Get the tone
You'll need a bridge humbucker for the thick riff tones here. I’m playing my Suhr s-type for this one but it has a HSS pickup config, and it’s likely Dean would have used a Gibson LP for this.
In terms of tone you'll want a decent distortion pedal and a chorus pedal. The use of chorus is very subtle though and used to give the guitar a thicker sound, so I’ve gone for the Walrus Audio Julia as that has a blend knob, which is really useful on dialling back the amount of wet signal.
Fun fact: Scott Weiland's vocals on the intro of the song were recorded as he sung into the pickup of Dean's guitar. “We knew how microphonic pickups were, and I think I just got done finishing a part on the song, because the guitar was plugged in," Dean told MusicRadar. We were probably just finishing a guitar part and it was very loud. Scott wanted to sing the intro it into the bullhorn [megaphone], and we said, ‘Sing it into the guitar pickup and see what happens.’"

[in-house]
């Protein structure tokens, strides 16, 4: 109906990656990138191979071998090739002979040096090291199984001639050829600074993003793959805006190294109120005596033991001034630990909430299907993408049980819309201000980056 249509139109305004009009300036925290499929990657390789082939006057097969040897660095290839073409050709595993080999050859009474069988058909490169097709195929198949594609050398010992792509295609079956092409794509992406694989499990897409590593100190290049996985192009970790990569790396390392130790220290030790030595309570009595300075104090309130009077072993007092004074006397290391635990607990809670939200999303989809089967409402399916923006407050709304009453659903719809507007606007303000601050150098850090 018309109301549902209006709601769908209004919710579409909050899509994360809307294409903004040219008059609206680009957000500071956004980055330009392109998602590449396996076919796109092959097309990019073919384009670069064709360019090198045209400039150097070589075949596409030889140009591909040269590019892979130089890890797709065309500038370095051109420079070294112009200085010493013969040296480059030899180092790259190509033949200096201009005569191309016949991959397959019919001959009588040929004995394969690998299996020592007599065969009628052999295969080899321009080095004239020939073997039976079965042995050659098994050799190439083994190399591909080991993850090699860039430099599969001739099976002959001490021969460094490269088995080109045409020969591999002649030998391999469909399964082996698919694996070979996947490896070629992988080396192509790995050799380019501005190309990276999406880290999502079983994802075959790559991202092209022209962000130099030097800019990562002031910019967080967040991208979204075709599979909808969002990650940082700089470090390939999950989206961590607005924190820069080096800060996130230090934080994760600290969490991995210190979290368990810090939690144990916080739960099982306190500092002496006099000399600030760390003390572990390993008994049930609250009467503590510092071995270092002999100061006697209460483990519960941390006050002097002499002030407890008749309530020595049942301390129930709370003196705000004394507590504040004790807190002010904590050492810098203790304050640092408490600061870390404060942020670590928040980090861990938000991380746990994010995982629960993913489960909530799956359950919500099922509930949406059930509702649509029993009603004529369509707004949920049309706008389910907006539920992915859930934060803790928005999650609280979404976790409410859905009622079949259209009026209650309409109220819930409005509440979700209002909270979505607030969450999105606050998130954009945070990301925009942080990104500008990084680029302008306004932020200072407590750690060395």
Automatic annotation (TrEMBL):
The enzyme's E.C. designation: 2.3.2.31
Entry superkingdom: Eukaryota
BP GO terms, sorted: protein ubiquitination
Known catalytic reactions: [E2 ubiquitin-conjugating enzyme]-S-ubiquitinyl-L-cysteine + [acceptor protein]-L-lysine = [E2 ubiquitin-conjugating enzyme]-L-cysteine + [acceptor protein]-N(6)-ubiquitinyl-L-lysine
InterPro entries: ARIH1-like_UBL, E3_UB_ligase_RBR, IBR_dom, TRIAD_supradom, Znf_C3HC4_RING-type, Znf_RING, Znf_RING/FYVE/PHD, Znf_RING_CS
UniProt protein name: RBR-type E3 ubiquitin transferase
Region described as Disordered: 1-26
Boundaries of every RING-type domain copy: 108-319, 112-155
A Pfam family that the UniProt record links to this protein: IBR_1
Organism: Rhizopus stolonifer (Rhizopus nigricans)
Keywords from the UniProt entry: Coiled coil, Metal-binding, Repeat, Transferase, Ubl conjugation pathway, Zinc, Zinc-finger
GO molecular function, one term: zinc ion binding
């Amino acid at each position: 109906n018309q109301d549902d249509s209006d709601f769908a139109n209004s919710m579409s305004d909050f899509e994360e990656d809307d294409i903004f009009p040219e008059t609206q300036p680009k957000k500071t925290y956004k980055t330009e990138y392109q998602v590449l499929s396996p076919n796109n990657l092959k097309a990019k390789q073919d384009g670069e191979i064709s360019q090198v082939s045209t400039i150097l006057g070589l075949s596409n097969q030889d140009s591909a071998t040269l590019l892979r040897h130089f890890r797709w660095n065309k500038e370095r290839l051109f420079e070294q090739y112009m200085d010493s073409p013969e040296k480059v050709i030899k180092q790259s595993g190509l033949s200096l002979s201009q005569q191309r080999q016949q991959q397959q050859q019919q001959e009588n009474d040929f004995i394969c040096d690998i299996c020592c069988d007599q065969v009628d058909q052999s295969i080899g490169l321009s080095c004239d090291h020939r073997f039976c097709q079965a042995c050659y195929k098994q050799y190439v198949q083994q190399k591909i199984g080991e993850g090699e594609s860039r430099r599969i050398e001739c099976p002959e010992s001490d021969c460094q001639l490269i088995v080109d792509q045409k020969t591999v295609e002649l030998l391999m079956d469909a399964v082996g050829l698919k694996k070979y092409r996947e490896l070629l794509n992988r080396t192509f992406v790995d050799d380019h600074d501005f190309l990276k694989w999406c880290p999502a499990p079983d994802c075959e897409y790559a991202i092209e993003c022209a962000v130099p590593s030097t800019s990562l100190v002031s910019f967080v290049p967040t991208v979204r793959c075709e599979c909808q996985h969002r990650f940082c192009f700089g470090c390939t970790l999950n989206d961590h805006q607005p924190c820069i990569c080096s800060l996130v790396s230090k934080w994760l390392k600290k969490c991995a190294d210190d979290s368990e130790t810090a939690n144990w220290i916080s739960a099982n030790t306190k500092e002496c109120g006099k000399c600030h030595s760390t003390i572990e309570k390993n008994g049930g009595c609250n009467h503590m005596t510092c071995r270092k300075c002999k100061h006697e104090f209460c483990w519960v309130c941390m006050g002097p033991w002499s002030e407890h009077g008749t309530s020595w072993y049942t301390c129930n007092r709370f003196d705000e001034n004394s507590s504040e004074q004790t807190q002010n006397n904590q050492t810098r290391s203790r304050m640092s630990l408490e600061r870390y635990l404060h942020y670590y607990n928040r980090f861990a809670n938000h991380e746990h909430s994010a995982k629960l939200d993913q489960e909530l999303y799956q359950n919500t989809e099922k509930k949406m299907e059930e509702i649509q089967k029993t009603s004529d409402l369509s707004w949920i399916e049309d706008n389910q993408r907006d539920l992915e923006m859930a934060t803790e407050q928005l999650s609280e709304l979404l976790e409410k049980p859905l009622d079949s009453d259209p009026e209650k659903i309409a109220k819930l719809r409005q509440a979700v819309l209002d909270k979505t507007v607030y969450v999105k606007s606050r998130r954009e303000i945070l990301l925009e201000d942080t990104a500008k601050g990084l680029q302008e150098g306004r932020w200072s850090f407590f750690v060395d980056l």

The intro/verse riff is a six-bar phrase, with some interesting rhythmic accents and I initially thought this was in a Drop D tuning as it sounds so heavy, but it’s just Dean’s clever use of chord inversions at work here.
You start with a D power chord but with the 5th added to the root on the 5th fret on the E string. From there it’s a series of double stops with pull-offs and slides.
For the next riff you’re into more familiar territory but again a Bmsus4/F# to a G and some percussive string mutes keeps things interesting before hitting the E major. Beyond that it’s straightforward enough with those three riffs repeating around and some tasty chords in the bridge. Have fun!